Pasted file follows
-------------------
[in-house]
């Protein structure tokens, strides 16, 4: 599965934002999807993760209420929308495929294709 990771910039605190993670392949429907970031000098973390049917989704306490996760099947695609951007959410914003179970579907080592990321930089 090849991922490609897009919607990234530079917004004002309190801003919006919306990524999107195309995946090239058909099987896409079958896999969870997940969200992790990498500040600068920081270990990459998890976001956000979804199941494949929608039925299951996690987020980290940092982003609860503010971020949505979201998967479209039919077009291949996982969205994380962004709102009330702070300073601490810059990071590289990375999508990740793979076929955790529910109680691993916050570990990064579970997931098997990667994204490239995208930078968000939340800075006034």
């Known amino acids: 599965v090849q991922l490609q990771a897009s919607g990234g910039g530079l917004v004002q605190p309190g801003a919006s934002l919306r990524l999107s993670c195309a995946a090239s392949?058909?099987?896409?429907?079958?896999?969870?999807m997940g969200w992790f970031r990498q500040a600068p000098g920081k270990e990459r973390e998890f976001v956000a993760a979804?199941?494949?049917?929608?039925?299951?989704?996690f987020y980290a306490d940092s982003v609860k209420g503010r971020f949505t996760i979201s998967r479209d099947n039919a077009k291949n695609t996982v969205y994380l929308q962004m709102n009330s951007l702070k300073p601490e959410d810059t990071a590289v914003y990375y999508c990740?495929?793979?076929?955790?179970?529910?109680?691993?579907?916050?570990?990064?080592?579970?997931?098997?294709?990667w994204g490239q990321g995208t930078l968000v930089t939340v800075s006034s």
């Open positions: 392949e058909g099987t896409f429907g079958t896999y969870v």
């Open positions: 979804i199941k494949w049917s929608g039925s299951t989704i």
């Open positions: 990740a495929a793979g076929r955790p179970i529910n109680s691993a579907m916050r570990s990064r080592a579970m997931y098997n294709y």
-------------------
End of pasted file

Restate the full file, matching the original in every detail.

[in-house]
């Protein structure tokens, strides 16, 4: 599965934002999807993760209420929308495929294709 990771910039605190993670392949429907970031000098973390049917989704306490996760099947695609951007959410914003179970579907080592990321930089 090849991922490609897009919607990234530079917004004002309190801003919006919306990524999107195309995946090239058909099987896409079958896999969870997940969200992790990498500040600068920081270990990459998890976001956000979804199941494949929608039925299951996690987020980290940092982003609860503010971020949505979201998967479209039919077009291949996982969205994380962004709102009330702070300073601490810059990071590289990375999508990740793979076929955790529910109680691993916050570990990064579970997931098997990667994204490239995208930078968000939340800075006034």
């Known amino acids: 599965v090849q991922l490609q990771a897009s919607g990234g910039g530079l917004v004002q605190p309190g801003a919006s934002l919306r990524l999107s993670c195309a995946a090239s392949?058909?099987?896409?429907?079958?896999?969870?999807m997940g969200w992790f970031r990498q500040a600068p000098g920081k270990e990459r973390e998890f976001v956000a993760a979804?199941?494949?049917?929608?039925?299951?989704?996690f987020y980290a306490d940092s982003v609860k209420g503010r971020f949505t996760i979201s998967r479209d099947n039919a077009k291949n695609t996982v969205y994380l929308q962004m709102n009330s951007l702070k300073p601490e959410d810059t990071a590289v914003y990375y999508c990740?495929?793979?076929?955790?179970?529910?109680?691993?579907?916050?570990?990064?080592?579970?997931?098997?294709?990667w994204g490239q990321g995208t930078l968000v930089t939340v800075s006034s």
């Open positions: 392949e058909g099987t896409f429907g079958t896999y969870v």
């Open positions: 979804i199941k494949w049917s929608g039925s299951t989704i």
């Open positions: 990740a495929a793979g076929r955790p179970i529910n109680s691993a579907m916050r570990s990064r080592a579970m997931y098997n294709y």